For the past few months (years, really) it seems like there’s a 24/7 stream of bad news bombarding us all the time.
Markets, the economy, housing prices, grocery store prices, gas prices, and that whole COVID thing that’s still happening.
It’s a lot.
So, what do we do?
Do we give in to doom-scrolling and negative headlines?
Or do we look for the bright spots in our lives?
Gratitude and optimism always get my vote.
I don’t mean putting our heads in the sand and ignoring what’s happening. Or failing to do what’s necessary in the short and long term.
I mean actively taking a look around and appreciating the blessings in our lives, not to avoid our responsibilities but to refresh ourselves to better meet them. We have:
- Our families.
- Our friends.
- Our neighbors and communities.
- Our progress.
- Our place in this beautiful world.
The mindfulness pros call that practicing “conscious gratitude.”
It’s pretty common to hear financial folks like me say “focus on your long-term goals” or “stick with the strategy we built together.”
That’s easier for some people. They look to the horizon, take a deep breath, and keep on going. Other folks find the uncertainty of what MIGHT come next challenging.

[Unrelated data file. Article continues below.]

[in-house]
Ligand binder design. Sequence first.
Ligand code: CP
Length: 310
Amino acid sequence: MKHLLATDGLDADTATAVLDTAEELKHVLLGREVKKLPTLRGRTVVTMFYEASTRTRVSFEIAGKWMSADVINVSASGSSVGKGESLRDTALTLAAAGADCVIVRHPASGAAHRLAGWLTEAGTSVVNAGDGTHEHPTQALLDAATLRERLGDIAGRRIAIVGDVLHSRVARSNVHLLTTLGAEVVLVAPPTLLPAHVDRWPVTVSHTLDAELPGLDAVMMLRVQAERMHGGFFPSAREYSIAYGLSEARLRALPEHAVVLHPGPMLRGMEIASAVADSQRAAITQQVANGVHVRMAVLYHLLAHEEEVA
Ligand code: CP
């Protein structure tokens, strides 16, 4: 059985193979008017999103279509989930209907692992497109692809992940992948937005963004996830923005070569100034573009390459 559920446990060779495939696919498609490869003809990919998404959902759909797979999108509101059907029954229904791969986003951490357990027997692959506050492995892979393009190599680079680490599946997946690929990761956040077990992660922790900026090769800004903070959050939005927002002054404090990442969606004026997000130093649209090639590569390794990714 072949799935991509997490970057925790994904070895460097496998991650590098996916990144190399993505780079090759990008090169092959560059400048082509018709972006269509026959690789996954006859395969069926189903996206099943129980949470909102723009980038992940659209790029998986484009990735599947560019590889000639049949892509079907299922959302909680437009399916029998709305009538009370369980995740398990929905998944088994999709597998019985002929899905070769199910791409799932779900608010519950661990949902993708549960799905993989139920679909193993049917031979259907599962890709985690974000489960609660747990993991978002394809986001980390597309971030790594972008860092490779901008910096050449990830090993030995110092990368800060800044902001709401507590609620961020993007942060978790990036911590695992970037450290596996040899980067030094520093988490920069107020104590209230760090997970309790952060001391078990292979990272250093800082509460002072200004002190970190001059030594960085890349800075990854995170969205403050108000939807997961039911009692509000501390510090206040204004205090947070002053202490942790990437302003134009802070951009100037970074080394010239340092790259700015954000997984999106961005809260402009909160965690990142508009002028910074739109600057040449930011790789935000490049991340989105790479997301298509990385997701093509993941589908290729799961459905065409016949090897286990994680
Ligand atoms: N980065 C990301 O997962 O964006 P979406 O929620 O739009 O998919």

If that’s you, what if we focus on being present and connecting with what’s going well right now?
Here are what some of my clients and friends have said on the topic:
“Doom scrolling is so 2020!”
“I discovered that my annuity payment deposited a penny more than I expected, and it was automatic, rather than the check in the mail I had been told to expect! So I am expressing my gratitude and optimism to you for your dedication to my prosperity: Thank you very very much!!!”
“Grateful for our continued relative health. Our extended family has been more connected and grown closer via bi-weekly Zoom gatherings.”
“Grateful for the gorgeous summer weather we’re getting right now. The incredible buying opportunity in the markets, just about everything is on sale, and my awesome new job.”
“I appreciate the integrity and optimism with which you approach your work and you life. Thanks for this dose of rational optimism.”